Guest Writers

Tippu Sultan: A direct descendant of the king of Srirangapatnam, at least that is how he introduces himself to people who don’t know him, has a very unique personality, just like everybody else. He ascribes all his life’s problems to the spin of Andromeda galaxy.
Obviously, he writes under a pseudonym Tippu Sultan. Although he aspires to be a polymath, truth be told he is a Jack of all trades, Sultan of none 😜

God helps those…

Words by Tippu Sultan

Numerically speaking, one of the most beautiful years (at least to look at) of our lifetime (after 2000 of course) just went by. It held a mirror that questioned our biases, assumptions, and actions. A lot of us – the privileged included – were battered. With Herculean efforts, collaboration, and cooperation, we finally have a vaccine to escape the fear and suffering. Thanks to scientific prowess, we can look forward to a hopefultomorrow. As you look towards the East, this hopeful tomorrow is right at the horizon causing a daybreak. As time tides by, it is a warm and sunny day to look forward to.

I was offered an opportunity to jumpstart this day – a chance to get vaccinated by a PHC camp was organized at my apartment. As flabbergasted as I was to be offered this chance, my mind quickly pondered, “What’s the catch?” Here are a few possibilities that it listed down:

1. Without my knowledge and consent, I am being slyly recruited to be a part of a trial.
2. The vaccine has expired. By inoculating me with it, not only do they not get questioned about the expired vaccine, but they also get to dispose it off. 
3. The government is desperate to achieve their target numbers before the state election on Apr 6th.

Apart from these, I could not find one good reason on why they were ready to vaccinate a someone in his mid 30s, who does not step out of his home (for anything), does not prefer visitors, and has no co-morbidities. In short, a social recluse who could easily be the last person to need the vaccine on earth!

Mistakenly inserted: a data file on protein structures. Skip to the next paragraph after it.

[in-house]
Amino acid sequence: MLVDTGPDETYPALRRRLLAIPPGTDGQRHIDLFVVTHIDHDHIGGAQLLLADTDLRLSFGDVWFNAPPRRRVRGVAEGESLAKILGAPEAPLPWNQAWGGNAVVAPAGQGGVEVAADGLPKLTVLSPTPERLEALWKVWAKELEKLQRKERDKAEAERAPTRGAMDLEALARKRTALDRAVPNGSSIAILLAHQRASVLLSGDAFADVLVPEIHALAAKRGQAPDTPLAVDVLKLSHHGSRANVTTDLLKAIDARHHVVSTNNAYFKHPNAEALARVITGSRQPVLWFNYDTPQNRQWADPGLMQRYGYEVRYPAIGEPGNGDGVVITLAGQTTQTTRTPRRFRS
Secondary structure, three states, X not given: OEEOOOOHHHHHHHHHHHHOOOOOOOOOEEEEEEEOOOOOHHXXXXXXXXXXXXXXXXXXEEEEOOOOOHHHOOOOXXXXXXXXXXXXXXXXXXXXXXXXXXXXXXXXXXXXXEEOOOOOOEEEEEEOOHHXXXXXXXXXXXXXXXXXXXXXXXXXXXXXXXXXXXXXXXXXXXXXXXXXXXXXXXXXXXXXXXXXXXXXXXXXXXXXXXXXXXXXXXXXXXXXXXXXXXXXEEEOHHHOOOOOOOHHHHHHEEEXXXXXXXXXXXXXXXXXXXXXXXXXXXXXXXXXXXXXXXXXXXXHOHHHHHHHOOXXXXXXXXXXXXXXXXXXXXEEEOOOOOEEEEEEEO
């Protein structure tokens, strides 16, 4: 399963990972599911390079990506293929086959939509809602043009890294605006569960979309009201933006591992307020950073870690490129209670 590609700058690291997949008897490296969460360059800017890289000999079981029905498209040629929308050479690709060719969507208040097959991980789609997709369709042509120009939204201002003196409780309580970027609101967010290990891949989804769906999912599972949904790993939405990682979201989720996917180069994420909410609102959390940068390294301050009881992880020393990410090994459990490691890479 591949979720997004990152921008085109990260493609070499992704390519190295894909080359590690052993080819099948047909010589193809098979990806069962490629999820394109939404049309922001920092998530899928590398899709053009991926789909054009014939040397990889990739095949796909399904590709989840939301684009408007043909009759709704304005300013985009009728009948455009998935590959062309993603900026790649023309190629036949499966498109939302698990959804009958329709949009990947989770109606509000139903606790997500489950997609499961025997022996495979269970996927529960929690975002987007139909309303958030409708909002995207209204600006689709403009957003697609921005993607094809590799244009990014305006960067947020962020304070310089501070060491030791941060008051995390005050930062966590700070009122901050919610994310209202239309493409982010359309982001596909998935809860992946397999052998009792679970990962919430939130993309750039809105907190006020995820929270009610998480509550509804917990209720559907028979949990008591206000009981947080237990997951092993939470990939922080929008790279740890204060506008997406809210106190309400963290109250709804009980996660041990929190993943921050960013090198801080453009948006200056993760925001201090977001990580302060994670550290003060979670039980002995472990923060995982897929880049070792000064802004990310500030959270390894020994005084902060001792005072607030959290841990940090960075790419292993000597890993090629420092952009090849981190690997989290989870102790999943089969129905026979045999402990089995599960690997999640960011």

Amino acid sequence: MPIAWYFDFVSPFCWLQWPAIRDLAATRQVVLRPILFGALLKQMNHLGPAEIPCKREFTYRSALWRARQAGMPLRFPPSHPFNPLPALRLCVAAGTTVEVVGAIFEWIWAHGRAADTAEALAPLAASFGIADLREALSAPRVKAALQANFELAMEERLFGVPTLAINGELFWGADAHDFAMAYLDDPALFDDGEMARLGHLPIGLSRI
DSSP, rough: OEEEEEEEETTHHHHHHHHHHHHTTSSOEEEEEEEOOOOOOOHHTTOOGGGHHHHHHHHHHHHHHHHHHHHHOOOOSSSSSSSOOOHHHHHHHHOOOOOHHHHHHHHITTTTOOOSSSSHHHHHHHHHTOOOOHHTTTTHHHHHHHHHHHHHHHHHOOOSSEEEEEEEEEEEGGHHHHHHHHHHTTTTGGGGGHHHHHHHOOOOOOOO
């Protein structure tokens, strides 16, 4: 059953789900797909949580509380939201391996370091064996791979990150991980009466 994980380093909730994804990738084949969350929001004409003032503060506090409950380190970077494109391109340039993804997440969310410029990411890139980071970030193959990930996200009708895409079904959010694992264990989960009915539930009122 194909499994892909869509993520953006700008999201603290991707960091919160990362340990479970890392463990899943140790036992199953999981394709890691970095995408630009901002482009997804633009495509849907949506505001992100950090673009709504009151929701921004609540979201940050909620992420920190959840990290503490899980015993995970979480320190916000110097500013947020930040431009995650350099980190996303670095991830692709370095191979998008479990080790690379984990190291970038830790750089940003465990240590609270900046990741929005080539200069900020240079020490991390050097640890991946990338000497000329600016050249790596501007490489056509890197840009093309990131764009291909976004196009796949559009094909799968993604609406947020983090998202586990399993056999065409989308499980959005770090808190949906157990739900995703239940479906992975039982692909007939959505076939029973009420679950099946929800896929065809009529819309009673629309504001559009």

More than the lure of the vaccine itself, I was inquisitive to understand the reasons behind how it was made available to me. I visited my apartment’s gym (where the vaccine camp was organized) and found the doctor. I engaged in a casual conversation and laced my apprehensions to it. Understanding my direction of thought, she tried to reason it for me:

“We all have target to achieve. And we are not able to achieve them since people are not openminded enough to get the vaccination. They believe the fake anti-vaccine WhatsApp forwards more than they believe us doctors. On one hand, we cannot make it compulsory but on the other, we cannot waste the vaccines. In such a Catch-22 situation, the only way we can do justice to our jobs is by making the vaccine available to people, who are willing to be forthcoming. Irrespective of their age, exposure, co-morbidity status – people who are plainly willing.”